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Why do I declare a party on my Washington presidential primary ballot? (And other things you should know)

caption: Democrats and Republicans listed on the 2024 presidential primary ballot in Washington state.
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Democrats and Republicans listed on the 2024 presidential primary ballot in Washington state.
Dyer Oxley / KUOW

Ballots for Washington's 2024 presidential primary election are now arriving in mailboxes across the state. But to make their votes count, voters must declare that they prefer one party over the other. There are also plenty of candidates listed who are no longer running. What does this all mean? KUOW's presidential primary primer is here to help.

RELATED: Washington's GOP divide: He’s for Trump and she’s for Nikki Haley

Who: Democrats and Republicans present a handful of presidential candidates voters can choose from.

What: The winners of the primary election will represent their respective political parties on the November general election ballot. (Note: There will be some candidates listed on the primary ballot who have already backed out of the race. You can still vote for them, but they are not running for president anymore.)

Where: All Washington voters get ballots in the mail, which can be returned to an official ballot box or mailed back (must be postmarked by March 12). Voters can also go to a voting center on election day. Check here for more information about where ballot boxes and voting centers are located.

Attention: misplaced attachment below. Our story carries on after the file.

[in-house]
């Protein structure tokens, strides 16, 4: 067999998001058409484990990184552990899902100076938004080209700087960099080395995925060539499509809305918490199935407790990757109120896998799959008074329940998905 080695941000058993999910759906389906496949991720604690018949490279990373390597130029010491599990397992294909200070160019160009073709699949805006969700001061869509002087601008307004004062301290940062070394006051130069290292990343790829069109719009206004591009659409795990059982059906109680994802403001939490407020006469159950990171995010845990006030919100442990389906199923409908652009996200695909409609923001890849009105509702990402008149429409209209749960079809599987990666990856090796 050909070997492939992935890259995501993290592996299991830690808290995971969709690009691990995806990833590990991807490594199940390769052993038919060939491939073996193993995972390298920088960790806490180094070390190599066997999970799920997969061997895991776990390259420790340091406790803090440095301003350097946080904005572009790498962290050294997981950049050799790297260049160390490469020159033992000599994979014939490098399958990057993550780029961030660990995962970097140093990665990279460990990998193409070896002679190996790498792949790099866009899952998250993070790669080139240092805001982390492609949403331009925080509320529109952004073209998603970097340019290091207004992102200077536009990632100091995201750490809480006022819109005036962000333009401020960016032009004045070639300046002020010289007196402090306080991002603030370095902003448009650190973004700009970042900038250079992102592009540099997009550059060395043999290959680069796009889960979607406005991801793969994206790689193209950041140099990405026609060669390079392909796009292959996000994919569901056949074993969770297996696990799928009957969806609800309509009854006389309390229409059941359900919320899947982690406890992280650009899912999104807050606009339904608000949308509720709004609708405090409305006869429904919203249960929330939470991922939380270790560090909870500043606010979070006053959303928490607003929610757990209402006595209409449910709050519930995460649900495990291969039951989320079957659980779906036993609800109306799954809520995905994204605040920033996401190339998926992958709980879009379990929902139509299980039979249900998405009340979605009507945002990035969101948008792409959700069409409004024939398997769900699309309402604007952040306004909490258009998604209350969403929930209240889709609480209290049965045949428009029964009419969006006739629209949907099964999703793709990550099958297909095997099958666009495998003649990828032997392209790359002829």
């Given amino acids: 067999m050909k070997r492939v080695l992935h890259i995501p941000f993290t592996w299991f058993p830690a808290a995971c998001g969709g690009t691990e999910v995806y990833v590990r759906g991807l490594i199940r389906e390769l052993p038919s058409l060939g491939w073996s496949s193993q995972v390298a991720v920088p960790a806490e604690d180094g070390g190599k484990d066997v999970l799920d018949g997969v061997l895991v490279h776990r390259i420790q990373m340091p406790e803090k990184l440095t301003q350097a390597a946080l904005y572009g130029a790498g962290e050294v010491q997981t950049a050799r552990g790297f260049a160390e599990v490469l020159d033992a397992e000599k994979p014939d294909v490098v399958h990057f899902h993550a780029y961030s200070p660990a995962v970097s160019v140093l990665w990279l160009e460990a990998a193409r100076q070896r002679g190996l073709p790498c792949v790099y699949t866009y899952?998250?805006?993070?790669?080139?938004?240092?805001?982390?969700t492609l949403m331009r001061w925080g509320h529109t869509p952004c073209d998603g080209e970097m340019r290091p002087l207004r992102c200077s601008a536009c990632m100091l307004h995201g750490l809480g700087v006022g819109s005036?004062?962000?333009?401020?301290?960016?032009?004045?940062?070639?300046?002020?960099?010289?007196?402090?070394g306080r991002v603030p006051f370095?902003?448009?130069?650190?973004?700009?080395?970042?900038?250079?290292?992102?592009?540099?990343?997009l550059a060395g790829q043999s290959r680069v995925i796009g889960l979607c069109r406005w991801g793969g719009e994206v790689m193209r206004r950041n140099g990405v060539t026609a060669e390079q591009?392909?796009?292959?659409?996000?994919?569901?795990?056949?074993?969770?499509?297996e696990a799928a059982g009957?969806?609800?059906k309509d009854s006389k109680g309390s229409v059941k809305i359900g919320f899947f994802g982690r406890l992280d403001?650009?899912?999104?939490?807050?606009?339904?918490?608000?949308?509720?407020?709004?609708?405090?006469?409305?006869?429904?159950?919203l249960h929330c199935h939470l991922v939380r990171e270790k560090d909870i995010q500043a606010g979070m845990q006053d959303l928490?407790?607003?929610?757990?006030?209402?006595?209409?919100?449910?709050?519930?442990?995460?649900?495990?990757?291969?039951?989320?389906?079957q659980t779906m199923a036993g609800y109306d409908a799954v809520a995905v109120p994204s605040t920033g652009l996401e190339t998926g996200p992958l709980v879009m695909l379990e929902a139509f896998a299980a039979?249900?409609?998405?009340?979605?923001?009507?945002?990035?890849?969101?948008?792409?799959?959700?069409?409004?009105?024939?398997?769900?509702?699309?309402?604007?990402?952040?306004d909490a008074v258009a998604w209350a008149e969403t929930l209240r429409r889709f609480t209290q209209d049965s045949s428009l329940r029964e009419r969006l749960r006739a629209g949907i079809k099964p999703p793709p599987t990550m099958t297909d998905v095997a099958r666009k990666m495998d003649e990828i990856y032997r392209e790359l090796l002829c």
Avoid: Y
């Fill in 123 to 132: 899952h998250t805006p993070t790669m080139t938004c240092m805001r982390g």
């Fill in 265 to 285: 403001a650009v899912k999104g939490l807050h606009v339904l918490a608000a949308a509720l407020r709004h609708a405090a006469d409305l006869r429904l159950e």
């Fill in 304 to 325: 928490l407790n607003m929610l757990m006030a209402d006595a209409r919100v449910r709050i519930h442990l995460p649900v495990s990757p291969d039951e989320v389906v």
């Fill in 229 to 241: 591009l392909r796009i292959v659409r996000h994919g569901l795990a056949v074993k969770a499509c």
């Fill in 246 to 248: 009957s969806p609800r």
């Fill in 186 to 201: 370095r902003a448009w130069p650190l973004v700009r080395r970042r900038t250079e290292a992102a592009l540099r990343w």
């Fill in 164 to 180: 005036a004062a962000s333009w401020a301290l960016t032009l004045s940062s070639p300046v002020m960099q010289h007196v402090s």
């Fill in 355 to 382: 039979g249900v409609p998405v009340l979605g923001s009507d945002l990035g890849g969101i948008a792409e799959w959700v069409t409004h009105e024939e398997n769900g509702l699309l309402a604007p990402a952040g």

• March 4: This is the deadline to register to vote online. If you mail in your voter registration, it must be received by an elections office by this date (note: not postmarked by this date).
  • March 12: The official presidential primary election day. People can register to vote at county elections offices on this day. Ballots must be postmarked by this date, or ballots must be turned in to ballot boxes by 8 p.m.
  • March 29: The final day the Secretary of State's Office will certify primary results.

Why do I have to check a box to declare a party?

Voters can only vote for one presidential candidate, in one party. You cannot vote for a candidate in each party. On the outside of the ballot, voters must check a box to declare they prefer Democrat or Republican. This means they are only participating in one party's primary selection. It does not mean they are registering for any political party. It also doesn't mean that the voter must vote for the party's candidate in the general election in November.

RELATED: Washington state braces for deepfakes ahead of 2024 elections

"You need to declare your party preference in our presidential primaries because the two major political parties require it," KUOW's David Hyde told Kim Malcolm. "And those parties are allowed to do that under state law, which effectively they wrote as elected officials. But this is only for presidential primaries."

Who voters pick on their ballot is still confidential.